Before the Xi-Biden hobnob, China-U.S. diplomatic engagements on various levels going on over the last few months have germinated an ambience for overarching talks between the two leaders that will possibly lead to global unity instead of international polarization.
During a press talk, U.S. Treasury Secretary Janet Yellen said the U.S. would not ask APEC members to choose between Beijing and Washington. She also acknowledged that while the U.S. was decreasing its dependence on China, full de-coupling of the U.S. and Chinese economies was “simply not practical.”
While no big breakthroughs are expected and Biden administration officials say announcing a slate of meeting outcomes is an outdated way to measure progress in relations with China, experts have pointed to possible signals of improvement.
APEC meeting will offer world leaders and business executives to discuss vital issues and collectively shape the trajectory of a region that holds immense importance for global prosperity, stability, and sustainability. The Summit program will highlight the potential of collaboration and fresh thinking to build the future through a focus on sustainability, inclusion, resilience, and innovation.
China, as the world’s largest developing country and a prominent member of APEC, has expressed a willingness to play a constructive role in ensuring the APEC summit’s success. This sentiment was strongly underpinned by Chinese Foreign Minister Wang Yi, highlighting China’s commitment to meeting international expectations and actively contributing to the prosperity and development of the region. The collaborative spirit demonstrated by China reinforces the importance of cooperation among nations within the Asia-Pacific, serving as a driving force for sustainable growth and shared benefits.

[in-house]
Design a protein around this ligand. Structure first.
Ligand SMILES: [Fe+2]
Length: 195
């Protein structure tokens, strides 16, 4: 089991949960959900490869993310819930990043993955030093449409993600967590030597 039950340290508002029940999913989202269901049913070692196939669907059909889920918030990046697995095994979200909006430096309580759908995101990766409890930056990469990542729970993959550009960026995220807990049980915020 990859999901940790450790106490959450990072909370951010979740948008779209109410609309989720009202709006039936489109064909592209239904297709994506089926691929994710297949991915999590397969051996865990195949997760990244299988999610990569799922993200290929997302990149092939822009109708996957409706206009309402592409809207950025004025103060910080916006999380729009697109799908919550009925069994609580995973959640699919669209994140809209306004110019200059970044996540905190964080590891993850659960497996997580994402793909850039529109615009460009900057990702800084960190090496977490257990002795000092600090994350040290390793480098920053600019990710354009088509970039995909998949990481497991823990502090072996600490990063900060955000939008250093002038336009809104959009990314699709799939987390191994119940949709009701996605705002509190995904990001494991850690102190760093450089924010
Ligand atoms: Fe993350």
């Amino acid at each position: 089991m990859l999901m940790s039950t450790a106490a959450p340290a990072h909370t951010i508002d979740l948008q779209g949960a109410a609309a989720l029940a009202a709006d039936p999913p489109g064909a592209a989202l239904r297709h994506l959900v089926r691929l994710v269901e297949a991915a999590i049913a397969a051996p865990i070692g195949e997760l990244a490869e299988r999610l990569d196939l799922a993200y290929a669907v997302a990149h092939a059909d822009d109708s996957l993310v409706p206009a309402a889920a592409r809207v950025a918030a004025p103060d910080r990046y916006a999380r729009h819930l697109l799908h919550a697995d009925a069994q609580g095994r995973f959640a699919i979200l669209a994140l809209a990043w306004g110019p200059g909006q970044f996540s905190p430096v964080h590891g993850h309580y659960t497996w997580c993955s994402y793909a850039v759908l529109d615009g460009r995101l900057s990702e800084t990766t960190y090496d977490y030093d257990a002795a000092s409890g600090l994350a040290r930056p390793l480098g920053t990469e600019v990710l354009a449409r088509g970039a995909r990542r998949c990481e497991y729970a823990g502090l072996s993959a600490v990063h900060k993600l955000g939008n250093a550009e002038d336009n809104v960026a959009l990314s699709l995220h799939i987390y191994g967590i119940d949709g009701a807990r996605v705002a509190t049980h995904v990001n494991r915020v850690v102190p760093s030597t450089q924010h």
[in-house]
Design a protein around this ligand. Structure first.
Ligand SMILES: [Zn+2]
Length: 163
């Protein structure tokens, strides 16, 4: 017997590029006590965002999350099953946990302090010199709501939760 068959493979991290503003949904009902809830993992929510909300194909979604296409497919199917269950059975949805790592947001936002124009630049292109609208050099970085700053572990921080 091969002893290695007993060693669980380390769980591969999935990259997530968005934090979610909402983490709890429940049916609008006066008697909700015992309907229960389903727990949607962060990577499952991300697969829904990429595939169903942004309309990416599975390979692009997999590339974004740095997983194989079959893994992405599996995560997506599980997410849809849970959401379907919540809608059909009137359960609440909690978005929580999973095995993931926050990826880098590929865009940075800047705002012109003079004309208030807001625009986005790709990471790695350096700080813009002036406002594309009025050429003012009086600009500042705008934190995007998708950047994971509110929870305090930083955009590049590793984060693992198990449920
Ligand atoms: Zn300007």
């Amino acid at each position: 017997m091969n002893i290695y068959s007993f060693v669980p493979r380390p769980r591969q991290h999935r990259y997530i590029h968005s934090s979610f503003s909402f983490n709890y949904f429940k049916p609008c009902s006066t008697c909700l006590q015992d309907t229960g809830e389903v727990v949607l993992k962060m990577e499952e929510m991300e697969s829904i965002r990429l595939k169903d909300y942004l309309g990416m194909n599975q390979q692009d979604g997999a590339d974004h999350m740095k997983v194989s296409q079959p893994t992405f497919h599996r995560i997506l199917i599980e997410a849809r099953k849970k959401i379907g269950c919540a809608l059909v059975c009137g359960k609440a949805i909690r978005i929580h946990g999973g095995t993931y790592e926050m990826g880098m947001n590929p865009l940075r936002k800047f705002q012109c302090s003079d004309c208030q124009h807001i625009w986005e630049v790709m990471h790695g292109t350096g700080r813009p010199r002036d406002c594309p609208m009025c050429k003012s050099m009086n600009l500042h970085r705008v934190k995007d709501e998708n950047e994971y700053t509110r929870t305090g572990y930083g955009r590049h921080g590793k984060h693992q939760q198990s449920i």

In his speech at the 2022 APEC CEO Summit, President Xi Jinping accentuated China’s commitment to promoting a shared future within the Asia-Pacific region. This commitment rests on peaceful development, openness, inclusiveness, and solidarity. President Xi laid out essential strategies to achieve these objectives, including prioritizing people-centered development, advancing higher-level opening-up, ensuring stable industrial and supply chains, and promoting economic upgrading. Such methods align with a vision of a harmonious, prosperous Asia-Pacific region, where the benefits of development are widely distributed and contribute to overall stability and growth.
Experts believe that both Xi and Biden need to engage more to explore collaboration as well as air grievances in the renewable energy sector.
Like Governor Newsom’s visit to China, the APEC CEO Summit provides an opportune moment for China to further dialogue with Asia-Pacific and the U.S. on how best to raise “Green growth” standards, particularly through public-private partnerships. It is clear that President Xi Jinping’s active participation and engagement at the APEC CEO Summit represent a pivotal moment in shaping the future of the Asia-Pacific region. China’s ability to promote a shared sustainable future, foster regional stability, and engage in constructive dialogue can be amplified by working through public-private partnerships with the U.S. and other APEC member economies. The APEC summit provides a critical platform for APEC public and business leaders to collectively create a brighter and more prosperous future for all stakeholders involved.